3 Days in Medellín: Pablo Escobar, the Comunas and Santa Fe
Medellín, Medallo, País Paisa, Paisa Land. However you call it, it seems to hold a special place in the hearts of Colombians. Their accent is said to be ultra sexy, the women are known to be the most beautiful in all Colombia (not to mention the most operated), and quality of life is incomparable to that of the capital.
My Colombian family are last-minute planners. It must be a Colombian thing, to decide last minute with so much ease. (*Note: if you do decide to book your vacation in advance like normal people, roundtrip plane tickets to Medellín can easily be found for under $100).. So when I found out I was going to the city of eternal spring 2 days before departure for a long 3-day weekend, I rushed to do some quick investigation so as to make the most of my short vacation. Searching online and asking expats and paisas (people native to the region of Antioquia), what surprised me the most was that the top recommended activity to do in Medellín was to ride the metro!
The Metrocable of Medellín
The first person to tell me this was a paisa. My first reaction was to laugh shamelessly. Living in Europe, I had regularly taken clean and organized transportation before. This was not groundbreaking to me. As I continued to chuckle, she looked at me slightly insulted and confirmed that indeed, I had to ride their metro and go up their metrocable as it would give me a good overview of the city.
I also turned to Google for some advice. And guess what? Number 1 recommended activity on TripAdvisor: riding the Medellín metrocable.
Aside from personal recommendations, I also turned to Google for some advice. And guess what? Number 1 recommended activity on TripAdvisor: riding the metrocable. OK then!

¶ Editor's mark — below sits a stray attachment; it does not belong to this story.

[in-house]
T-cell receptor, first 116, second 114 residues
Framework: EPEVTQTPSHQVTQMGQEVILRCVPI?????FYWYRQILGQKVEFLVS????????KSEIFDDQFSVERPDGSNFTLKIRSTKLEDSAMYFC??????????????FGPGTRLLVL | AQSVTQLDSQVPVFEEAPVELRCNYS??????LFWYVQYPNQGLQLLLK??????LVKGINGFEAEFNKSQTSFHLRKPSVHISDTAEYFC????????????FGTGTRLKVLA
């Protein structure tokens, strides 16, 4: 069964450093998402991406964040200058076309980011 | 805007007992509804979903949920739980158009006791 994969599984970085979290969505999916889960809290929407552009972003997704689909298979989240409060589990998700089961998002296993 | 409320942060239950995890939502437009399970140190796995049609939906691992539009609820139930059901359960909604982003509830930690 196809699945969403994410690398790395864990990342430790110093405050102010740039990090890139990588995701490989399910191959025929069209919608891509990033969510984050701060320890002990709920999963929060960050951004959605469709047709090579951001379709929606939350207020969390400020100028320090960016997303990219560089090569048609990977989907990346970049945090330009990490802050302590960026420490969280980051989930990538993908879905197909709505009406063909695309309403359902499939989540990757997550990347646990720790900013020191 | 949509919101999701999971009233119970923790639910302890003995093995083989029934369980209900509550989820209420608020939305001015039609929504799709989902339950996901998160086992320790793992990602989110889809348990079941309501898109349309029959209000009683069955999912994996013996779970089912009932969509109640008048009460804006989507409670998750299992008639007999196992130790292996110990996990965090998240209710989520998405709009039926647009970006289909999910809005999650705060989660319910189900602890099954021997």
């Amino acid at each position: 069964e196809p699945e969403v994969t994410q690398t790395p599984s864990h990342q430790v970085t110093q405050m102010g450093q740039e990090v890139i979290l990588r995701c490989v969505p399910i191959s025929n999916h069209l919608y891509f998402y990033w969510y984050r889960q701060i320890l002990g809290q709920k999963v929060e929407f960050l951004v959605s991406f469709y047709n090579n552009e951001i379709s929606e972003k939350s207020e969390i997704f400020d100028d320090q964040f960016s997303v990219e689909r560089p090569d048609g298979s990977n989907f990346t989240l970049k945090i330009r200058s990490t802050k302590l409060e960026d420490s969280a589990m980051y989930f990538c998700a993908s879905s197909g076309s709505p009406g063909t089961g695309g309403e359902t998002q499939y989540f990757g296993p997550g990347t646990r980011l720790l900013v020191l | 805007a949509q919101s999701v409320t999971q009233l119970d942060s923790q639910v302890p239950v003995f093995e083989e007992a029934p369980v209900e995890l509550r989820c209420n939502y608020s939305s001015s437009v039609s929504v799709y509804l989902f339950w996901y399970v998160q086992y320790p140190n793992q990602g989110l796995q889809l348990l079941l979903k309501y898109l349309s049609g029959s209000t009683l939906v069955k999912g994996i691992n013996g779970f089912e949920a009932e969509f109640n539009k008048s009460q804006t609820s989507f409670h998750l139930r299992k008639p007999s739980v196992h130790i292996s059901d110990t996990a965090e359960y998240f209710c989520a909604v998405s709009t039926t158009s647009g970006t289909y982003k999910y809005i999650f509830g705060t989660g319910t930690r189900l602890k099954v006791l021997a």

The second most recommended activity was a free walking tour. There’s nothing better than getting to know a city by foot, so I took note. And although I would have liked to put Parque Arví or Guatape Lake on my to-do list, I had to leave some room for last-minute, improvised family plans.
After the short one-hour flight from Bogotá, we had arrived. First destination: metrocable. The public transportation was clean, straightforward and easy to decipher as there weren’t many lines anyways. My Colombian family and I rode from the Poblado metro station to Acevedo, where we took the metrocable up the comunas, slums of rickety brick houses covered with improvised metal planks for roofs.
A very brief history of the comunas.
Although comunas are the 16 districts that make up Medellín, the word comunas refers only to the disadvantaged neighborhoods. Back in the 80s, this area was one of the most affected by Colombia’s ongoing conflict with curfews from 10pm-5am. A friend told us that back then, one of his work colleagues who lived in the popular district of the comunas of Medellín would find one or two cadavers everyday on his daily commute. Today, Medellín has moved past its dark history and has become the top technological hubs and one of the most advanced cities in the country.
My Colombian family was impressed to see how clean the streets looked from our metrocable soaring up above the comunas, and how tidy everything was, right down to the laundry hanging on clotheslines in back patios. We had several stops throughout the comunas of Medellín and people would come in and out of our little cable car, sparking up friendly chit chat. Locals of the commas spoke of the improvement of their district, how they felt safe, how the metro provided cost-effective transportation throughout Medellín from early morning until 11pm.
My Colombian family’s surprise also led me to realize that 20 years after the conflict, even Colombians are not fully aware of the change and improvement in their own country. Maybe it’s only the higher estratos, who have always frequented the same cozy neighborhoods, been protected by their bodyguards and taken care of by their maids. Living in a world apart from the reality of their country, they haven’t noticed just how much things have changed. Just food for thought…
City Free Walking Tour